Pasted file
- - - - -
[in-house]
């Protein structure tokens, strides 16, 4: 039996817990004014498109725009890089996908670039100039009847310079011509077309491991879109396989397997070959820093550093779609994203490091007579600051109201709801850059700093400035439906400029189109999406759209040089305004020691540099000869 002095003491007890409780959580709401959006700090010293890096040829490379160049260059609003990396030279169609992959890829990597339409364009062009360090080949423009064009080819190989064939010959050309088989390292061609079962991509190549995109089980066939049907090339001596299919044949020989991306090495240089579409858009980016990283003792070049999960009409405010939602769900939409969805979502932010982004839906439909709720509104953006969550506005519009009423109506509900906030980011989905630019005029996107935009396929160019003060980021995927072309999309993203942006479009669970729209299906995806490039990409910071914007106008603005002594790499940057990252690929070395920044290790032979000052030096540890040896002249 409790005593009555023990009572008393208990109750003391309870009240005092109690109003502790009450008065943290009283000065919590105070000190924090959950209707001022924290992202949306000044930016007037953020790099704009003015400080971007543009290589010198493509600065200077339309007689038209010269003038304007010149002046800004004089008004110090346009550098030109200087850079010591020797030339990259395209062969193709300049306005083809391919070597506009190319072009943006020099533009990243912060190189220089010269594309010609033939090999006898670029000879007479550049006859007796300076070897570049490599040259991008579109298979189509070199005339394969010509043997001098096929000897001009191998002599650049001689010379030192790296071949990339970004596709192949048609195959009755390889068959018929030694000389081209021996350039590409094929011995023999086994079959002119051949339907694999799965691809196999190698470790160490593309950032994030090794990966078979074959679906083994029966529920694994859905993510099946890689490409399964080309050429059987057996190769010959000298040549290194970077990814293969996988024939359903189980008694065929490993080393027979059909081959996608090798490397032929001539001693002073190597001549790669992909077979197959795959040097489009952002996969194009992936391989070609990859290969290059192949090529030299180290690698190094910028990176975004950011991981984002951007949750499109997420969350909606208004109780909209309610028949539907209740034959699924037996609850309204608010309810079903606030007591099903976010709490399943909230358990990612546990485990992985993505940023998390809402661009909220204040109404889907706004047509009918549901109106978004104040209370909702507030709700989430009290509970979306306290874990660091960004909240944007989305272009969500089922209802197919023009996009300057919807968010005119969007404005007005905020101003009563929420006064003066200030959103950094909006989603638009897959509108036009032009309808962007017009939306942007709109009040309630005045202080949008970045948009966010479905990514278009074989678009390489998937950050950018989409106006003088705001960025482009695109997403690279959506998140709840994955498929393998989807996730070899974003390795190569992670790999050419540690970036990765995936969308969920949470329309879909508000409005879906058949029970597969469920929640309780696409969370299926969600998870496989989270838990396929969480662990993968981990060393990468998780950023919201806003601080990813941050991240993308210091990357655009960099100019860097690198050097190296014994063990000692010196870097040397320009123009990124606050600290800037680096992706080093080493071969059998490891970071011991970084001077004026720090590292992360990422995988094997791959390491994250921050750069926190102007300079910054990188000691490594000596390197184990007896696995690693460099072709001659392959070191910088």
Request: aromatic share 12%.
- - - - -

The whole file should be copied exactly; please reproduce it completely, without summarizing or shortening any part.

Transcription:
[in-house]
């Protein structure tokens, strides 16, 4: 039996817990004014498109725009890089996908670039100039009847310079011509077309491991879109396989397997070959820093550093779609994203490091007579600051109201709801850059700093400035439906400029189109999406759209040089305004020691540099000869 002095003491007890409780959580709401959006700090010293890096040829490379160049260059609003990396030279169609992959890829990597339409364009062009360090080949423009064009080819190989064939010959050309088989390292061609079962991509190549995109089980066939049907090339001596299919044949020989991306090495240089579409858009980016990283003792070049999960009409405010939602769900939409969805979502932010982004839906439909709720509104953006969550506005519009009423109506509900906030980011989905630019005029996107935009396929160019003060980021995927072309999309993203942006479009669970729209299906995806490039990409910071914007106008603005002594790499940057990252690929070395920044290790032979000052030096540890040896002249 409790005593009555023990009572008393208990109750003391309870009240005092109690109003502790009450008065943290009283000065919590105070000190924090959950209707001022924290992202949306000044930016007037953020790099704009003015400080971007543009290589010198493509600065200077339309007689038209010269003038304007010149002046800004004089008004110090346009550098030109200087850079010591020797030339990259395209062969193709300049306005083809391919070597506009190319072009943006020099533009990243912060190189220089010269594309010609033939090999006898670029000879007479550049006859007796300076070897570049490599040259991008579109298979189509070199005339394969010509043997001098096929000897001009191998002599650049001689010379030192790296071949990339970004596709192949048609195959009755390889068959018929030694000389081209021996350039590409094929011995023999086994079959002119051949339907694999799965691809196999190698470790160490593309950032994030090794990966078979074959679906083994029966529920694994859905993510099946890689490409399964080309050429059987057996190769010959000298040549290194970077990814293969996988024939359903189980008694065929490993080393027979059909081959996608090798490397032929001539001693002073190597001549790669992909077979197959795959040097489009952002996969194009992936391989070609990859290969290059192949090529030299180290690698190094910028990176975004950011991981984002951007949750499109997420969350909606208004109780909209309610028949539907209740034959699924037996609850309204608010309810079903606030007591099903976010709490399943909230358990990612546990485990992985993505940023998390809402661009909220204040109404889907706004047509009918549901109106978004104040209370909702507030709700989430009290509970979306306290874990660091960004909240944007989305272009969500089922209802197919023009996009300057919807968010005119969007404005007005905020101003009563929420006064003066200030959103950094909006989603638009897959509108036009032009309808962007017009939306942007709109009040309630005045202080949008970045948009966010479905990514278009074989678009390489998937950050950018989409106006003088705001960025482009695109997403690279959506998140709840994955498929393998989807996730070899974003390795190569992670790999050419540690970036990765995936969308969920949470329309879909508000409005879906058949029970597969469920929640309780696409969370299926969600998870496989989270838990396929969480662990993968981990060393990468998780950023919201806003601080990813941050991240993308210091990357655009960099100019860097690198050097190296014994063990000692010196870097040397320009123009990124606050600290800037680096992706080093080493071969059998490891970071011991970084001077004026720090590292992360990422995988094997791959390491994250921050750069926190102007300079910054990188000691490594000596390197184990007896696995690693460099072709001659392959070191910088």
Request: aromatic share 12%.